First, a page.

WEST Midlands Police has warned of the dangers of carrying replica guns in public after a spate of scares sparked by fake firearms.
Armed police have been called to more than 80 incidents recently where 999 alerts have proved to be false alarms as a result of people spotted with ball bearing (BB) guns or similar air-powered weapons in public.
One saw motorway police impose a rolling road block on the M42 while an Armed Response Vehicle (ARV) intercepted a BMW heading south near junction five.
A passenger had earlier been seen at Keele Services pointing a firearm from a window − but officers discovered the men had been “messing around” with a BB gun bought during a lads’ trip to Blackpool.
And last month two men were handcuffed at gunpoint after a panicked member of the public reported seeing one of them enter an address in Bentley with a rifle and hearing shots fired.
A search of their car uncovered an Airsoft replica rifle that seasoned firearms officers said even up close appeared the genuine article.
Detective Inspector Jim Colclough said it’s important to raise awareness ahead of a predicted summer spike of replica gun-related emergency calls.
He said: “Some of these air weapons are very realistic… it’s difficult to tell them apart from the real thing. We always want people to report their concerns to us; the last thing we want is a blasé attitude and someone assuming it’s probably a BB gun.
“Our armed officers always have to treat callouts seriously, they can’t let their guard down and would treat the incident as a genuine threat until it becomes apparent they aren’t dealing with a live firearm.
“We’re reaching out to parents, teenagers and schools to hammer home the message that anyone carrying or using a BB gun in public could quickly find themselves at the centre of an armed response by firearms officers.”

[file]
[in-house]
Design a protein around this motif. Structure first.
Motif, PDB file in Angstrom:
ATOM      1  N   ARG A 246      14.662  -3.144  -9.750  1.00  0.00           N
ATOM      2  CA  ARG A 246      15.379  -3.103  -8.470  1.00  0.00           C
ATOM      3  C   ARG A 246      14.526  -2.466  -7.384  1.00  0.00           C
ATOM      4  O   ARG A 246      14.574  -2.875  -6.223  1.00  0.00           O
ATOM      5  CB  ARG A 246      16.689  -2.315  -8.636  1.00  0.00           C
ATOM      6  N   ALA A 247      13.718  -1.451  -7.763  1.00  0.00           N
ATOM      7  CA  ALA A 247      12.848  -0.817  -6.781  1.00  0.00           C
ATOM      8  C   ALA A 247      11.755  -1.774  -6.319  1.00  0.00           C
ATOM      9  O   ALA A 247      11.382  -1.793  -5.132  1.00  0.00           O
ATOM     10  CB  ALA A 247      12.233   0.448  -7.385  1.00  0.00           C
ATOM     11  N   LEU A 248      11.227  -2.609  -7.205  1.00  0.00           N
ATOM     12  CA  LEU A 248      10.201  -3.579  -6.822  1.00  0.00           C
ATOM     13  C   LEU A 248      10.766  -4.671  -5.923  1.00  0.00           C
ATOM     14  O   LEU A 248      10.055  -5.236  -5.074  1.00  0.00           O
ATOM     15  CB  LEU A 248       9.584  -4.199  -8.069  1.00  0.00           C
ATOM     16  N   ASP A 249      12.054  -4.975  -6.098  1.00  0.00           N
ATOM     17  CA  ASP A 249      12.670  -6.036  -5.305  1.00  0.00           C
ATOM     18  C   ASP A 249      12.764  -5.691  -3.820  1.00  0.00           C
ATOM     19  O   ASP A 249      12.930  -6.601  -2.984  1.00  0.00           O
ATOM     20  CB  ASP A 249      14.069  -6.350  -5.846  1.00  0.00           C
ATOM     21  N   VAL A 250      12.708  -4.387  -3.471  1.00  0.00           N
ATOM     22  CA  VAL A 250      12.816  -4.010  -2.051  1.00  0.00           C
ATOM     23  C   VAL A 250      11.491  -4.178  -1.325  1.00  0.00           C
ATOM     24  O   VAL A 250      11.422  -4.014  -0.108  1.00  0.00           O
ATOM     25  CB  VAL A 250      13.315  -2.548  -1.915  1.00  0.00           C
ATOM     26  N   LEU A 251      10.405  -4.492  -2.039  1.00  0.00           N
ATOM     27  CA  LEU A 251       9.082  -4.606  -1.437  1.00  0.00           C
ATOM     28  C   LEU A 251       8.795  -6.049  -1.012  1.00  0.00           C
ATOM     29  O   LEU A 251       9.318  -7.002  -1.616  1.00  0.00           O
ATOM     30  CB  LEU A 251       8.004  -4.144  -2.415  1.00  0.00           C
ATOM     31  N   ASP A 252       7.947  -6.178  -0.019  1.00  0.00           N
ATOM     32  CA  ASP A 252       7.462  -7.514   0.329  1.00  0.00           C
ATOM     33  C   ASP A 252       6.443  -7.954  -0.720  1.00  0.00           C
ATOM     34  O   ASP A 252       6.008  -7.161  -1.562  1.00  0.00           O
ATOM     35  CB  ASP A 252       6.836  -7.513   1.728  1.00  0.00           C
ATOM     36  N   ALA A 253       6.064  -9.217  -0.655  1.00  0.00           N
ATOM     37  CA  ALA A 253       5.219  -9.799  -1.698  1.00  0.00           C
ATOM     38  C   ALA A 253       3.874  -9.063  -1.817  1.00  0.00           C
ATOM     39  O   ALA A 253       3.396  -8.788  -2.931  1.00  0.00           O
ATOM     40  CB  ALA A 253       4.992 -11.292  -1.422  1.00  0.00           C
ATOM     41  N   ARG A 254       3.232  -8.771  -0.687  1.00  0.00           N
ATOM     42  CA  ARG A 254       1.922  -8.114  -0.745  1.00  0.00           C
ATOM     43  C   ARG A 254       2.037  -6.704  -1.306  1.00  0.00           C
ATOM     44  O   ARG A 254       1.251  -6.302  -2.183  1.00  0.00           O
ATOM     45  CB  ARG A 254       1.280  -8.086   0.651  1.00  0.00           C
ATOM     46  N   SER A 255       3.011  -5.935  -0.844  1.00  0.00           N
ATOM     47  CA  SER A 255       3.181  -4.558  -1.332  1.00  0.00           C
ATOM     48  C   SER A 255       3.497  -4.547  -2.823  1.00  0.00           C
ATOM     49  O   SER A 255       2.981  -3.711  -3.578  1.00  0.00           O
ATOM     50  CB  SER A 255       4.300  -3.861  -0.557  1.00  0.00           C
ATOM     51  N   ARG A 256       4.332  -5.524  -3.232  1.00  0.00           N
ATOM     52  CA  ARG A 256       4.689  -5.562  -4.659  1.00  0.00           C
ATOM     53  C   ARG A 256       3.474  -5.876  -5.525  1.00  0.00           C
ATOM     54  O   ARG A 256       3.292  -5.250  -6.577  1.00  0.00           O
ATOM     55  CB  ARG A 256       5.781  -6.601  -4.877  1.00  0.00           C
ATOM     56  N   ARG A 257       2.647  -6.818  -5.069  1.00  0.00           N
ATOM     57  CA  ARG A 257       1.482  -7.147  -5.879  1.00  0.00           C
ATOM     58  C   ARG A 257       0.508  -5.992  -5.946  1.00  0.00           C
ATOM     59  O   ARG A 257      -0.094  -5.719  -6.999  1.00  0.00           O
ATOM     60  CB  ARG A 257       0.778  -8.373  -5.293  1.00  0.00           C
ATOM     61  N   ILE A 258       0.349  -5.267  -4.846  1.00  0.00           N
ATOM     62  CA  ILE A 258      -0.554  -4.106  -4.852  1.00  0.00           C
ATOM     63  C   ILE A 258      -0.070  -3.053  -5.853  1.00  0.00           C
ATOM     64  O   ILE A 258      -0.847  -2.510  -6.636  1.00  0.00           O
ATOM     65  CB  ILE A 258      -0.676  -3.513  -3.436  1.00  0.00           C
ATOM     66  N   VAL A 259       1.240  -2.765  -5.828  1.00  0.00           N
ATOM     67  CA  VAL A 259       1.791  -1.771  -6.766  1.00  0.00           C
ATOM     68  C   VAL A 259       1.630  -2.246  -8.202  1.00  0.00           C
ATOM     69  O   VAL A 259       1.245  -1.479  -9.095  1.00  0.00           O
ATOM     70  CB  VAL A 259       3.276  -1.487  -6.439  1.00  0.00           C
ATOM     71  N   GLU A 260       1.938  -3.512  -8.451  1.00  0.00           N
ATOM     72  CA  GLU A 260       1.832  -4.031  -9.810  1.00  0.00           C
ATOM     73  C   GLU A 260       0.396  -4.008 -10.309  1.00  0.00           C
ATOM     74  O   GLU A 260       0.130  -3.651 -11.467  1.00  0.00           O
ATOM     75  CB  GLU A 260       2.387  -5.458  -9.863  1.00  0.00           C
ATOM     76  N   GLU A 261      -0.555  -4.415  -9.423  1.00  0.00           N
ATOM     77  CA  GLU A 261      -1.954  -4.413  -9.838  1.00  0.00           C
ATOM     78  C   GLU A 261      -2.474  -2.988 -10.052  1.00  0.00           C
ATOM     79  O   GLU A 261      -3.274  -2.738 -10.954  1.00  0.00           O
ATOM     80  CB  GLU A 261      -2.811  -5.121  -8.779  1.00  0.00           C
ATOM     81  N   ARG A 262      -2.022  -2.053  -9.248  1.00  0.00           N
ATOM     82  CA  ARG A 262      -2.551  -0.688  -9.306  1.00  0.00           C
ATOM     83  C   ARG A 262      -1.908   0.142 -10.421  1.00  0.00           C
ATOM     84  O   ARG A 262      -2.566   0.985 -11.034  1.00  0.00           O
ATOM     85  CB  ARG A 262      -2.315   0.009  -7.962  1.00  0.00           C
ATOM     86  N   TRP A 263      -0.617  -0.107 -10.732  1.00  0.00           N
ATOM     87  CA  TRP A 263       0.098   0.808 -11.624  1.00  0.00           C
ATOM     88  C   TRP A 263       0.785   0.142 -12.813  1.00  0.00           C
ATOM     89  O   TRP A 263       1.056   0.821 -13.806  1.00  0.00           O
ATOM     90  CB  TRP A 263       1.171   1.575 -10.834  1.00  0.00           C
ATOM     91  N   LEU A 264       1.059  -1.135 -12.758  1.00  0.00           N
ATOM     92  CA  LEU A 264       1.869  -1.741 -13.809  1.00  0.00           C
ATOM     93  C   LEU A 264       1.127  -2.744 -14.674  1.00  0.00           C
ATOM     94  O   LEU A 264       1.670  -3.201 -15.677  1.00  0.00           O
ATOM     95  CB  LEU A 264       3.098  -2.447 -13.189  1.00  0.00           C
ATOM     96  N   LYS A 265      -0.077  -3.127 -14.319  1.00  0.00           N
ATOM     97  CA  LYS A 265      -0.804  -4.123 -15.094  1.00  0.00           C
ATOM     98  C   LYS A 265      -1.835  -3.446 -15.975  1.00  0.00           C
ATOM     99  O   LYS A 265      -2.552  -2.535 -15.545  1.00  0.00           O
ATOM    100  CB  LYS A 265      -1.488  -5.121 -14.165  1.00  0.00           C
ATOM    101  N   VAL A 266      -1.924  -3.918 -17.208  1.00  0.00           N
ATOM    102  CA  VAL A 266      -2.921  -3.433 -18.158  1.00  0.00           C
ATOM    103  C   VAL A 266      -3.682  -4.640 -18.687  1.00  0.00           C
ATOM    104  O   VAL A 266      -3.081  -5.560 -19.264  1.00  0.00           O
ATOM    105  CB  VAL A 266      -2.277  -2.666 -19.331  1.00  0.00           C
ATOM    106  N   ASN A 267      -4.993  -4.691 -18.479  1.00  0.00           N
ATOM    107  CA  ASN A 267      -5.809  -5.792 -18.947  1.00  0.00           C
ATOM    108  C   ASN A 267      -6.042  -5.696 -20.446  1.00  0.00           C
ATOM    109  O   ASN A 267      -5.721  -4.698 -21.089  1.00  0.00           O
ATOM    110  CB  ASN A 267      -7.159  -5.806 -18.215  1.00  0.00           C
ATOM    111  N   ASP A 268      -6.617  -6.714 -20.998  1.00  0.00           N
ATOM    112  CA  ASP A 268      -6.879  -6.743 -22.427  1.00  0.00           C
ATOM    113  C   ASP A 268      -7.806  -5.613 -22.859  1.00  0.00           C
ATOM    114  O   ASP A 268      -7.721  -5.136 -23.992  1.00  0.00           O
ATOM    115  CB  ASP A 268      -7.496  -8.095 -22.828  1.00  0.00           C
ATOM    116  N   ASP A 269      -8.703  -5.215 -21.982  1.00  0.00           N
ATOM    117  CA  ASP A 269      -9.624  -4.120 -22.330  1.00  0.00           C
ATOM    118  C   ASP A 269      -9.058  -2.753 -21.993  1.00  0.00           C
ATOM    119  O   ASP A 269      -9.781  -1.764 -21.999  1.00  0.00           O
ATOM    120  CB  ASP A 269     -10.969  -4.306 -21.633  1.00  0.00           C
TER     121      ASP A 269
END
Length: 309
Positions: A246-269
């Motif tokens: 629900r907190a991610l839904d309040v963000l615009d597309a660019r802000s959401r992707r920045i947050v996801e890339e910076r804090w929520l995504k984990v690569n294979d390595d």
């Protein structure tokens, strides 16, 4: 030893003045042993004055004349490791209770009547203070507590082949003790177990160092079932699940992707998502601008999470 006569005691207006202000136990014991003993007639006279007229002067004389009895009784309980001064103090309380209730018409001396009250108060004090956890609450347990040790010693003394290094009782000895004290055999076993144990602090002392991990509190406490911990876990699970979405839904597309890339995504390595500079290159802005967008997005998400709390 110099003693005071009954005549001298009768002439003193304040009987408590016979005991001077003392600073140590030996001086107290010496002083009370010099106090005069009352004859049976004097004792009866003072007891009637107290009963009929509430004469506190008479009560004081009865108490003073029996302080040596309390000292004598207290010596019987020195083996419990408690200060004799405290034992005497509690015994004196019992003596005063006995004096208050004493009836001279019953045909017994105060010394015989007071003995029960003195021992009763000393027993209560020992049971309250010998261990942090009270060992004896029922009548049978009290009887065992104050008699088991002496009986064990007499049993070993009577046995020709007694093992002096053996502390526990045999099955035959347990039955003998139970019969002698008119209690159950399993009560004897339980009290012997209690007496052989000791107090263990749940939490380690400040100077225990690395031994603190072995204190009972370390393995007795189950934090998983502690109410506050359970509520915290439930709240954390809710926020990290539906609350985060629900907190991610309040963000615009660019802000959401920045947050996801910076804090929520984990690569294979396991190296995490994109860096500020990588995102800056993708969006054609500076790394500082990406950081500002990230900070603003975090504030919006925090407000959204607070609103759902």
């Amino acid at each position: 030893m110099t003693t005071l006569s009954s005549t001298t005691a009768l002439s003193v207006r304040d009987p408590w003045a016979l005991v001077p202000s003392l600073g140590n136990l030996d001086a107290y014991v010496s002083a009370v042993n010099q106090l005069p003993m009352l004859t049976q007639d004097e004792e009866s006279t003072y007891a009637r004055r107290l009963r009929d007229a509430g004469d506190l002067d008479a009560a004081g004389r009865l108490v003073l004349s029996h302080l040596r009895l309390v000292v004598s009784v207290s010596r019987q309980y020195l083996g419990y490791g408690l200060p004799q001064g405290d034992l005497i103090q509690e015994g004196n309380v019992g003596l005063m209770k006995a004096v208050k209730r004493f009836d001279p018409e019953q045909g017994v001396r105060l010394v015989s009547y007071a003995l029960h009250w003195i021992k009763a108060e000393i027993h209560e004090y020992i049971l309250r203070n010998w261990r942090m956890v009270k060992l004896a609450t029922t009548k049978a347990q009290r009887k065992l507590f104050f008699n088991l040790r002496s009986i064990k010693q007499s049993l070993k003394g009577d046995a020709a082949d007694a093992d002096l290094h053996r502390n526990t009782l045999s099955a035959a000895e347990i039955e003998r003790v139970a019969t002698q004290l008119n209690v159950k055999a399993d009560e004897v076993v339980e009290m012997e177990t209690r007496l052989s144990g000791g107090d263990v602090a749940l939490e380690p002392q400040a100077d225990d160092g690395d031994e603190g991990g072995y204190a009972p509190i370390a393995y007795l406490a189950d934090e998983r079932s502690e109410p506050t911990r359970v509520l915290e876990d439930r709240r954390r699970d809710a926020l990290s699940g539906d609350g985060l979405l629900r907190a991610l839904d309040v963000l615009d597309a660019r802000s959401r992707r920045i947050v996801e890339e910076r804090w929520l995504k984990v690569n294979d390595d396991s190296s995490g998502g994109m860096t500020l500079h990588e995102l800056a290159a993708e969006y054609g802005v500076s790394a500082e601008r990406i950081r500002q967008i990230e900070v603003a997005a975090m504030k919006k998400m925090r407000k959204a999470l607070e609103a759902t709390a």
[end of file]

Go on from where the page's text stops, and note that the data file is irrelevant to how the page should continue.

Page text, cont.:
Between April 1 and July 17, West Midlands Police received 81 emergency calls from worried members of the public reporting seeing people with guns that later transpired to be BB guns or air weapons.
It’s an offence to carry an air weapon in public without a reasonable excuse. While there is no statutory definition of a reasonable excuse, it might include carrying a weapon to and from a shooting club or taking a new weapon home from a dealer − but it’s ultimately a decision for the courts to make.
The force’s awareness campaign has seen officers visit schools in the run-up to the summer break to reinforce the law around air weapons and the risks they pose.
PC Rob Pedley MBE, said: “BB guns can be bought legally over-18s − but it can lead to numerous offences if they’re taken out in public which can lead to a conviction and criminal record for life.
“Our presentation will reach around 1,400 pupils throughout the last week of term and over the summer in schools and youth community programmes.
“We aim to highlight the reality of carrying BB or airsoft guns and show how difficult it can be for armed officers to identify often in a fraction of a second whether or not it is a real or replica firearm.”
To report suspicions of firearm possession call West Midlands Police on the 101 number or Crimestoppers anonymously on 0800 555111. In an emergency dial 999.